Solution Focused Brief Therapy (SFBT) or the solution focused approach, is one of a family of approaches, known as systemic therapies, that have been developed over the past 50 years or so, first in the USA and eventually evolving around the world. The name SFBT, and the specific steps involved in its practice, are attributed to husband and wife Steve de Shazer and Insoo Kim Berg and their team at the Brief Family Therapy Center in Milwaukee, USA.
Core members of this team were Eve Lipchik, Wallace Gingerich, Elam Nunnally, Alex Molnar, and Michele Weiner-Davis. Their work in the early 1980s built on that of a number of other innovators, among them Milton Erickson, and the group at the Mental Research Institute at Palo Alto – Gregory Bateson, Donald deAvila Jackson, Paul Watzlawick, John Weakland, Virginia Satir, Jay Haley, Richard Fisch, Janet Beavin Bavelas and others.
The concept of brief therapy was independently discovered by several therapists in their own practices over several decades (notably Milton Erickson) and was described by authors such as Haley in the 1950s, but it became popular in the 1960s and 1970s. Richard Bandler, John Grinder and Stephen R Lankton have also been credited, at least in part, with the inspiration for and popularisation of brief therapy, particularly through their work with Milton Erickson. While Jay Hayley and the team at the Mental Research Institute at Palo Alto aimed to uncover the principles that underpinned Erickson’s approach to brief therapy, John Grinder and Richard Bandler provided practical guidelines for the application of some of the hypnotic techniques of Erickson.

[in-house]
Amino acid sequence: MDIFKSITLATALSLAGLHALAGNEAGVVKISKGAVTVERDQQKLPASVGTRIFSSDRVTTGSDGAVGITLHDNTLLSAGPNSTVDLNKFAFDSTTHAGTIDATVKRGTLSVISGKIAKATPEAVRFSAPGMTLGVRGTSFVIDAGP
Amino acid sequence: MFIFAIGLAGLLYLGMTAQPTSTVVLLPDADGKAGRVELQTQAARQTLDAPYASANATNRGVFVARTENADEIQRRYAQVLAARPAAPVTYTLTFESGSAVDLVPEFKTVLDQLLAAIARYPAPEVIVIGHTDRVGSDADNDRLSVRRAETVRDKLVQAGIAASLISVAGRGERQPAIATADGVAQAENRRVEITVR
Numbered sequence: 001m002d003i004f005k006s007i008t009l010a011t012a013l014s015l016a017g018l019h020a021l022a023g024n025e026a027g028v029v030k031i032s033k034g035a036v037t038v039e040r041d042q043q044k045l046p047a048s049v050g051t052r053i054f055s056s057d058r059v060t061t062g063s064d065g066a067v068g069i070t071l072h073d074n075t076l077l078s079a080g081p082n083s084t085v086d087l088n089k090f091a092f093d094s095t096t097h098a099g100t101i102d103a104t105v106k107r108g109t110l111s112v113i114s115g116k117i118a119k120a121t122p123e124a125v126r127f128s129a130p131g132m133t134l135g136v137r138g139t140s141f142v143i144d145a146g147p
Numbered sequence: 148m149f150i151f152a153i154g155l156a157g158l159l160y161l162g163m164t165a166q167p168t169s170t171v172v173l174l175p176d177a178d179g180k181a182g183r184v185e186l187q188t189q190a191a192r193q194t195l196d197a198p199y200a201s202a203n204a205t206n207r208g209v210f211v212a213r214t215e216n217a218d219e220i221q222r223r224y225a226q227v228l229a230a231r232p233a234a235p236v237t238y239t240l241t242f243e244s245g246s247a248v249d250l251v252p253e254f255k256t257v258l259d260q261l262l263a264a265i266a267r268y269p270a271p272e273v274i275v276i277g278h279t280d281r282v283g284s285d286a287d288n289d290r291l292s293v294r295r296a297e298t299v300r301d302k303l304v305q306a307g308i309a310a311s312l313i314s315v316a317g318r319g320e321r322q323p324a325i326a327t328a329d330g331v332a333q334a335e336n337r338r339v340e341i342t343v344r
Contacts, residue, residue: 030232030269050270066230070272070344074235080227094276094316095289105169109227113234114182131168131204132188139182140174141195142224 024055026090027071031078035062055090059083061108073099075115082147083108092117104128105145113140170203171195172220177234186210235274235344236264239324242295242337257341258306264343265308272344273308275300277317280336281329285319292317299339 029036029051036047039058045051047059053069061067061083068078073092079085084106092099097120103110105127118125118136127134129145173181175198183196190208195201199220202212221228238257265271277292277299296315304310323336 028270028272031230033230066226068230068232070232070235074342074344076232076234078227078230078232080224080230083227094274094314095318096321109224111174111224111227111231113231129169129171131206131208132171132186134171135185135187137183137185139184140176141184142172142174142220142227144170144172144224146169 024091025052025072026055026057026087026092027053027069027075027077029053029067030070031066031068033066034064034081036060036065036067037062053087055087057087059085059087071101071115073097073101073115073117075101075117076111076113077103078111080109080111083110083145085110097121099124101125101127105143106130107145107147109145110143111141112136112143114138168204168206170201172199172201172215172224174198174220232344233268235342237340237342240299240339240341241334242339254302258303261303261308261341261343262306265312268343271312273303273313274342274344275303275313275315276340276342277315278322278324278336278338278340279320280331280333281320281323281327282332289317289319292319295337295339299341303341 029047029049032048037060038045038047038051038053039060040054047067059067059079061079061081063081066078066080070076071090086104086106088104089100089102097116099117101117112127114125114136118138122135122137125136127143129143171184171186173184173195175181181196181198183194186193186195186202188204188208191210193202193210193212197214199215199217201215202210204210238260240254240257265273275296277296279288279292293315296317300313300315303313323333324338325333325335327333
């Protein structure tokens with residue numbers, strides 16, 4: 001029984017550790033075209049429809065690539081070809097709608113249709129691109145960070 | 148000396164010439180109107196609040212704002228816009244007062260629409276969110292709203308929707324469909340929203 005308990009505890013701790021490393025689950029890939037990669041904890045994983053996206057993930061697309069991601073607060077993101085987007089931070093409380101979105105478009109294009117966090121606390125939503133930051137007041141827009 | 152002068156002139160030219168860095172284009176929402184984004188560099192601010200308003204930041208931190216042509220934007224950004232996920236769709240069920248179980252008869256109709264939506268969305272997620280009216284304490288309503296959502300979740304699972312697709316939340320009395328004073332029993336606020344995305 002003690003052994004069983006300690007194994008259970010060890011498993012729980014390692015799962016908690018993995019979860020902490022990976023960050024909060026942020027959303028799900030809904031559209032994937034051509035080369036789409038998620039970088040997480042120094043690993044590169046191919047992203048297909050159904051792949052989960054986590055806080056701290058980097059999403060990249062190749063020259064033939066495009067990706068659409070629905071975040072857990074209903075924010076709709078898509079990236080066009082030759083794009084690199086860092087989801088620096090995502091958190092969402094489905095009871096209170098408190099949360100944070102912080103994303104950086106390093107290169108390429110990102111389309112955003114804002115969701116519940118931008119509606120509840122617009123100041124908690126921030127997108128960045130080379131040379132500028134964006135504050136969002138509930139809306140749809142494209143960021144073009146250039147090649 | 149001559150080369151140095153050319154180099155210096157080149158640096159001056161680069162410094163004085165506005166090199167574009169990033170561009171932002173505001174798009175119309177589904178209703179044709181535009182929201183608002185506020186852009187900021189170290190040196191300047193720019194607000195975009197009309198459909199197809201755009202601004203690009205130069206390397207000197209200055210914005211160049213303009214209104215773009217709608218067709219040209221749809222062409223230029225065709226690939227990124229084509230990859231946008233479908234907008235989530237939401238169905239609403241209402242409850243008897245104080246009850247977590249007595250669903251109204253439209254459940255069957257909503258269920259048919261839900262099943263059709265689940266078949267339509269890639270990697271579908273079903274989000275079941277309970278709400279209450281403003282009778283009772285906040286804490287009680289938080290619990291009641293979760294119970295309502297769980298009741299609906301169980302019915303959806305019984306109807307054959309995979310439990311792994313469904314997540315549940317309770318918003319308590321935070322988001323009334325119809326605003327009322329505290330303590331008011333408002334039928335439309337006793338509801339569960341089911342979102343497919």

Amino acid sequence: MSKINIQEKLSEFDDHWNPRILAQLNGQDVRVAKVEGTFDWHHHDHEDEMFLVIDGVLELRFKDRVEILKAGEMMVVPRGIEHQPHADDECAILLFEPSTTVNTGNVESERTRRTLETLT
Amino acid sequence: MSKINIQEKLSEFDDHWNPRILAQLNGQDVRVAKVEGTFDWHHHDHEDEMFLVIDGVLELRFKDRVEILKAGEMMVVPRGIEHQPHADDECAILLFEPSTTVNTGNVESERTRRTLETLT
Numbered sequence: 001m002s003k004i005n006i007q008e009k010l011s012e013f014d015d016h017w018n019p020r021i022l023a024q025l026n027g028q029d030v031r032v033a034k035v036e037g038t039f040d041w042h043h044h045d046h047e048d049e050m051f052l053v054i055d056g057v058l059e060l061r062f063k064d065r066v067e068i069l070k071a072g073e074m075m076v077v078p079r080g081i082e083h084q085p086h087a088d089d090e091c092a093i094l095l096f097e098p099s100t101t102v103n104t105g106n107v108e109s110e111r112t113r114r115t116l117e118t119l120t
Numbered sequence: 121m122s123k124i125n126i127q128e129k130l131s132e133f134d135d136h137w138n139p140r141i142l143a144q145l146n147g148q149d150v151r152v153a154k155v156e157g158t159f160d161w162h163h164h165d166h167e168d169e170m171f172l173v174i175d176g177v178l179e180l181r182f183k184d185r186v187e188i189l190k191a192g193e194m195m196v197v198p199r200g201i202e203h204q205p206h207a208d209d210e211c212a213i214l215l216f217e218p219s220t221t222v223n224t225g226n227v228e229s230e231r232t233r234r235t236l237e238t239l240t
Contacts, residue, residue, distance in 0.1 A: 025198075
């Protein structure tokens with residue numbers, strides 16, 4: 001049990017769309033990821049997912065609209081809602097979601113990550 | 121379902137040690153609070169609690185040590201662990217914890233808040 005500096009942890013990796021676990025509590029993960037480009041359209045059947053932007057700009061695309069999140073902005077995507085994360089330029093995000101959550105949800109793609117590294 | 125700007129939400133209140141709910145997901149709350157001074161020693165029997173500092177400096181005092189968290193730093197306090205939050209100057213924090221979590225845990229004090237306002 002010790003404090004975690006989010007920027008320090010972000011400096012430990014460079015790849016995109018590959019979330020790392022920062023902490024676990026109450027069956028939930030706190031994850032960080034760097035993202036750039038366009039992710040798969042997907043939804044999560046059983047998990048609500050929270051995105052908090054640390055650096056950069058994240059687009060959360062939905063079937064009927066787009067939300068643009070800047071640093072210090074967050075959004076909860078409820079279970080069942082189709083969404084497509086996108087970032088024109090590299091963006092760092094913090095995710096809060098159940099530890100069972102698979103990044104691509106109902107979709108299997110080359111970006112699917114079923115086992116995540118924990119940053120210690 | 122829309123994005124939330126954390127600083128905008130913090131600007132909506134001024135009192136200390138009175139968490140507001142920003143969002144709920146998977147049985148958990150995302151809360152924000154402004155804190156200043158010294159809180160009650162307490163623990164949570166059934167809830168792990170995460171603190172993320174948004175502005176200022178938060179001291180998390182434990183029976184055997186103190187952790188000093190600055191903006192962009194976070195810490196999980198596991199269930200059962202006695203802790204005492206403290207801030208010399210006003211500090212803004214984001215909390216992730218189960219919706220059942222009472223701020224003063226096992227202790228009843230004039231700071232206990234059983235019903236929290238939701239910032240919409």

Solution Focused Brief Therapy has branched out in numerous ways – indeed, the approach is now known in other fields as simply Solution Focus or Solutions Oriented Therapy. Most notably, the field of Addiction Counseling utlises SFBT as an effective means to treat problem drinking. Johns Hopkins University, the Center for Solutions in Cando, ND, and many others, have implemented SFBT as part of their programmes – they use this therapy for both adolescents and adults.
Our aim is for this website to be a useful resource for all those working in the UK using solution focused approaches in their work to help people achieve their potential either as indiviudals or as organisationsf.Â We believe that SF is a powerful tool to achieve change or in the work towards recovery. The values of the UKASFP and therefore the values of solution focused practice are: collaborative and respectful; ‘non-expert’ in that the client, or clients, are the expert in thier own difficutlies and can find their own solutions; inclusive and affirming diversity; pragmatic and resourceful.
Links to many of the practitioners and trainers in the UK can be found on our Links page.